A study carried out at Fox Chase Cancer Center in Philadelphia and published in this month's American Journal of Clinical Nutrition set out to examine the link between prostate cancer and consumption of dairy products, calcium and vitamin D.
Led by Marilyn Tseng, the researchers drew their data from the National Health and Nutrition Examination Epidemiologic Follow-up Study, which took place between 1982-4 and 1994 and involved 3612 men.
Amongst the participants, 131 cases of prostate cancer were identified. Tseng's team compared dietary questionnaires completed at the start of the study by men who developed cancer with those completed by men who did not. They estimated relative risk (RR) and 95 percent confident intervals (CIs) using age-, race-, and other covariant-adjusted Cox proportional hazards models.
Dietary calcium was seen to be strongly associated with an increased risk of prostate cancer, with the highest consuming tertile having a RR of 2.2 compared with the least consuming tertile, and a 95% CI of 3.5 compared with 1.4.
Overall intake of dairy products showed the same 2.2 rate of RR between the tertiles and 95% CI of 3.9 compared with 1.2.
But while low-fat milk showed some increased risk (RR of the third tertile over the first was 1.5 and 95% CI 2.2 compared with 1.1), no real increase was seen in whole milk consumers, where RR was 0.8 and 95% CI was 1.3 compared with 0.5.
Neither vitamin D nor phosphorus was clearly associated with increased risk.
Previous evidence indicating a reduced risk of colorectal cancer with higher calcium consumption includes a study published in Cancer Epidemiology, Biomarkers and Prevention (vol 14, pp126-132) in January, which showed that women who consumed in excess of 800mg of calcium each day could cut their risk of developing colorectal cancer by up to 46 percent. Deriving calcium from both diet and supplements was seen to double the risk reduction observed when it came from either source alone.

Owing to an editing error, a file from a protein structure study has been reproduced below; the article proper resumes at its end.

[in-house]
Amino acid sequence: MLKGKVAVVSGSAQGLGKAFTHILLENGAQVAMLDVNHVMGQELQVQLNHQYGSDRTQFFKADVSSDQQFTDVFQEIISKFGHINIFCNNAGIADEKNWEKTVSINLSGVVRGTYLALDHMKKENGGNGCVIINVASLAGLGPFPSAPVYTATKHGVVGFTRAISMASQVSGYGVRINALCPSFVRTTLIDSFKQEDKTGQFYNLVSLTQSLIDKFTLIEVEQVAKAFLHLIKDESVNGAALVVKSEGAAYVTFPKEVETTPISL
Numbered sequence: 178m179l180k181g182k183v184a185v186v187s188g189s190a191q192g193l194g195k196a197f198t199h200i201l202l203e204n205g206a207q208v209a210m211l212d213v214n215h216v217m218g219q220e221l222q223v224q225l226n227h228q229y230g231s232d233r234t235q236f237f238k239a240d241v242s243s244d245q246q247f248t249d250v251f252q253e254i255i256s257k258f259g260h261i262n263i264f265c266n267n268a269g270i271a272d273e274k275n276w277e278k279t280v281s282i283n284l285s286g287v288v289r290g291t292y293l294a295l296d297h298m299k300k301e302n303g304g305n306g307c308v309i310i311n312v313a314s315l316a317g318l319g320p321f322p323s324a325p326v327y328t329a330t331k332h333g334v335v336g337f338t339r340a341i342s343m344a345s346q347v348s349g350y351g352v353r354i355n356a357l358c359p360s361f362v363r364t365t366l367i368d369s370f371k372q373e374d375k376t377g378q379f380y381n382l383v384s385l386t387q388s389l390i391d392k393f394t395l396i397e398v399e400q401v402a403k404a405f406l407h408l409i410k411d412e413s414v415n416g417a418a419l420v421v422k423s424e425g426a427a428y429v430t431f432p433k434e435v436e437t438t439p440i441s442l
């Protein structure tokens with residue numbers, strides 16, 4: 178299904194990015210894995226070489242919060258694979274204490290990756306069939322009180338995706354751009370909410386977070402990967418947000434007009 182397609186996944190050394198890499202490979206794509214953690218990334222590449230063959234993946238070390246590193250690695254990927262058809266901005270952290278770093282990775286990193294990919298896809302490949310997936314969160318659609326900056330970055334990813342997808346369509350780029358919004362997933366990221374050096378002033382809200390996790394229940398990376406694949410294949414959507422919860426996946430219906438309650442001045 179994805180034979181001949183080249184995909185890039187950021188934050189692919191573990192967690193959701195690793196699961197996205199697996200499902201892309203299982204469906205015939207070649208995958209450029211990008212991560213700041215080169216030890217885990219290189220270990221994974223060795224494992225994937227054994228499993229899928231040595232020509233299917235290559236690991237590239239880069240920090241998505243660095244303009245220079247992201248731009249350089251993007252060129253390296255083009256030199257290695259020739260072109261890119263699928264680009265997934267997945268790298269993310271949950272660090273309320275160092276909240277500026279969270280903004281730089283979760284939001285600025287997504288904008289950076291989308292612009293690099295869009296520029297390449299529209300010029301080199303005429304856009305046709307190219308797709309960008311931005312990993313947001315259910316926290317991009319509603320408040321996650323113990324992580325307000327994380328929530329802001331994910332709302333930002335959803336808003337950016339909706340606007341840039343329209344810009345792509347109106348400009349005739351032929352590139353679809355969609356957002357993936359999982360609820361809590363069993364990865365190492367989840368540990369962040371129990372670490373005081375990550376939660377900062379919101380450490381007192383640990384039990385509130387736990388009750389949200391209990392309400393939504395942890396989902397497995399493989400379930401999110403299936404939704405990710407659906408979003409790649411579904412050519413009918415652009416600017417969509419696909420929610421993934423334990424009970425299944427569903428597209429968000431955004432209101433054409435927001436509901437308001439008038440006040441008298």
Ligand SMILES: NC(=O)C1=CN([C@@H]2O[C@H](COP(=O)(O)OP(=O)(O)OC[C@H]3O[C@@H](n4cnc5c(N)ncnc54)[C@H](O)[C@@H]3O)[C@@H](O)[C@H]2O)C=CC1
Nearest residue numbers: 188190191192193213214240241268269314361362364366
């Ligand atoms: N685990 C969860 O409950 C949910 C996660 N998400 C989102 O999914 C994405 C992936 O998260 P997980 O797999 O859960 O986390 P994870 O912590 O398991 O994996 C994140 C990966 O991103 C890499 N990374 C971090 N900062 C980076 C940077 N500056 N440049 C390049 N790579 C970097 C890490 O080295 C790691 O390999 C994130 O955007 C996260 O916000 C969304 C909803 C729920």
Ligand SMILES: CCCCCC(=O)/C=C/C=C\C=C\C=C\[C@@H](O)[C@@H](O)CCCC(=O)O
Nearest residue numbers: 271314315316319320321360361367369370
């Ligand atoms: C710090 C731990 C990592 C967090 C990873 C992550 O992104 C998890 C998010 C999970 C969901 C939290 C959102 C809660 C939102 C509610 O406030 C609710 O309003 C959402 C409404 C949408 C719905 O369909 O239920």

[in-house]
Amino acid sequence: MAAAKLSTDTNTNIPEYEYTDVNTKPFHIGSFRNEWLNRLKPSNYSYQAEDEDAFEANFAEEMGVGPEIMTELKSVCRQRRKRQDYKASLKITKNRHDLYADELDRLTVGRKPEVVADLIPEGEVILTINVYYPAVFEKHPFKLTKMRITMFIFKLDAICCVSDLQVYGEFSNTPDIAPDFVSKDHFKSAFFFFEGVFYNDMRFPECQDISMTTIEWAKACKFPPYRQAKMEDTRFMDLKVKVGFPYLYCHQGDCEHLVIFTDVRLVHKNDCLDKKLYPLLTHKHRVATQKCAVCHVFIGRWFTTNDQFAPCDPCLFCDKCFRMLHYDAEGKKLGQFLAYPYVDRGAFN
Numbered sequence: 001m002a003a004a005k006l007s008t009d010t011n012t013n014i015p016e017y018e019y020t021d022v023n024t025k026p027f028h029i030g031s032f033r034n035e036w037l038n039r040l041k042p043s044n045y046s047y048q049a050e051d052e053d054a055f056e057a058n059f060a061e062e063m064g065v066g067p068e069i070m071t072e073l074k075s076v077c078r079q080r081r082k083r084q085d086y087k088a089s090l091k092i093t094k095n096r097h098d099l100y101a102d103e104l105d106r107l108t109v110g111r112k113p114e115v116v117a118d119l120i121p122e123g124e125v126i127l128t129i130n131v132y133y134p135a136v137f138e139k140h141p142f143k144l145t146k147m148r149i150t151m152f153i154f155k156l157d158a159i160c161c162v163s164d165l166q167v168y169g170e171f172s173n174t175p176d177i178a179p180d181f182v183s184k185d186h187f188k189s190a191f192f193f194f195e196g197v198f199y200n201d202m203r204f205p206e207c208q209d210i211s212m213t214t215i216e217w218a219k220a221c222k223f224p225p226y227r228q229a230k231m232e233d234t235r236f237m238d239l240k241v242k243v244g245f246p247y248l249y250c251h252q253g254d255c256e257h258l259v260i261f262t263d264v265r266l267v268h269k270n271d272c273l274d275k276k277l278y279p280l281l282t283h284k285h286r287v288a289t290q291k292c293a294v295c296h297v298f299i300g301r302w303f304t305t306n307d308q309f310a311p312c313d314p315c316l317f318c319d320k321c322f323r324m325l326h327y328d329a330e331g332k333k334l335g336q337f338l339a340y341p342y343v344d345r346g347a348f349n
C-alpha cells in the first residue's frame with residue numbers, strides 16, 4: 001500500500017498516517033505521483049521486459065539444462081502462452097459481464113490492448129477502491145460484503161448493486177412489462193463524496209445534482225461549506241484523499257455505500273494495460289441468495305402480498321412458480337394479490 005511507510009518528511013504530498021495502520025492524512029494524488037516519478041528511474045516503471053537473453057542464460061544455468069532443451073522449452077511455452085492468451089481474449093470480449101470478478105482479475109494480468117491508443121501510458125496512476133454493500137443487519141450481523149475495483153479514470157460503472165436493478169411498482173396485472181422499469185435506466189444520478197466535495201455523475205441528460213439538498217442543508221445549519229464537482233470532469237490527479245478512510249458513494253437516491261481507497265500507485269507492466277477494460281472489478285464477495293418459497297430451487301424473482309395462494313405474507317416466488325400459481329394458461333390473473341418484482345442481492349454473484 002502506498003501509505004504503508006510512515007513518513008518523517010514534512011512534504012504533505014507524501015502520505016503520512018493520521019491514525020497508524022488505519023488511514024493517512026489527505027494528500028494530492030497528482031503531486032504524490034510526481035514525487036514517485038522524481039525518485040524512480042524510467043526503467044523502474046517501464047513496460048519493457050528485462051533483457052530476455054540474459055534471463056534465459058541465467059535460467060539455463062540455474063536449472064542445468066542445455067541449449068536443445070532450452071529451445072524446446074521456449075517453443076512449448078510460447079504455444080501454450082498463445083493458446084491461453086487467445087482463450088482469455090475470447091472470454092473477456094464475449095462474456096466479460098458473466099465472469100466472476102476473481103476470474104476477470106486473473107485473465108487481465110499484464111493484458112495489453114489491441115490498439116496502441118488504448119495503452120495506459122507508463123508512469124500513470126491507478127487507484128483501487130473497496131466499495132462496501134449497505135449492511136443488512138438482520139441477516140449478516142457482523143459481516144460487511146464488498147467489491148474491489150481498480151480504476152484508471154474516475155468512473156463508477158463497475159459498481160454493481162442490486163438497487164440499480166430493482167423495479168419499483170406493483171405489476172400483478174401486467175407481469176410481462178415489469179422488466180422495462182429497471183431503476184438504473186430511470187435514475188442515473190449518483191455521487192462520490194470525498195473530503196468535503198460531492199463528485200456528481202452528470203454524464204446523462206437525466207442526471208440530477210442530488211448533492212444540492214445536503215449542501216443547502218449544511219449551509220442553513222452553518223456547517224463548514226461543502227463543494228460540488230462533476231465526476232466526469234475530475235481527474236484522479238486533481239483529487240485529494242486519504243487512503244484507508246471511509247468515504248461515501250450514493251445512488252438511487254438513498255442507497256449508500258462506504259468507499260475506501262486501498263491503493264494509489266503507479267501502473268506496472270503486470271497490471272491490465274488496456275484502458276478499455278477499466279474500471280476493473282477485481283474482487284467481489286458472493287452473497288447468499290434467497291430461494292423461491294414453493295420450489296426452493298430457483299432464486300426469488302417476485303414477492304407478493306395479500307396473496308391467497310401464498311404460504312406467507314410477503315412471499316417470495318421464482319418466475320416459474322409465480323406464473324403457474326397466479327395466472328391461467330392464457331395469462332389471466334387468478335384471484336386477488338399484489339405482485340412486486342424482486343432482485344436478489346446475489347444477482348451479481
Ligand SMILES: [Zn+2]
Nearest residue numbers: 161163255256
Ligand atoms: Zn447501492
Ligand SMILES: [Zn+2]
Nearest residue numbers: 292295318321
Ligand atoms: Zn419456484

These findings appeared to confirm the conclusions drawn last year by researchers from the Brigham and Women's Hospital in the US, who analyzed the results of studies carried out in five different countries and involving around half a million people, 5000 of whom developed bowel cancer.
They found that people with a milk intake between 70g and 174g had a 6 per cent lower risk of colorectal cancer than those consuming less than 70g. The risk decreased to 12 per cent for those with a daily intake of up to 249g, and to 15 per cent for those with an intake of more than 250g.
The Fox Chase scientists are not the first to draw attention to the seemingly duplicitous relationship between calcium and cancer. A body of evidence on the subject, which their results bolster, led them to conclude that "the mechanisms by which dairy and calcium might increase prostate cancer risk should be clarified and confirmed".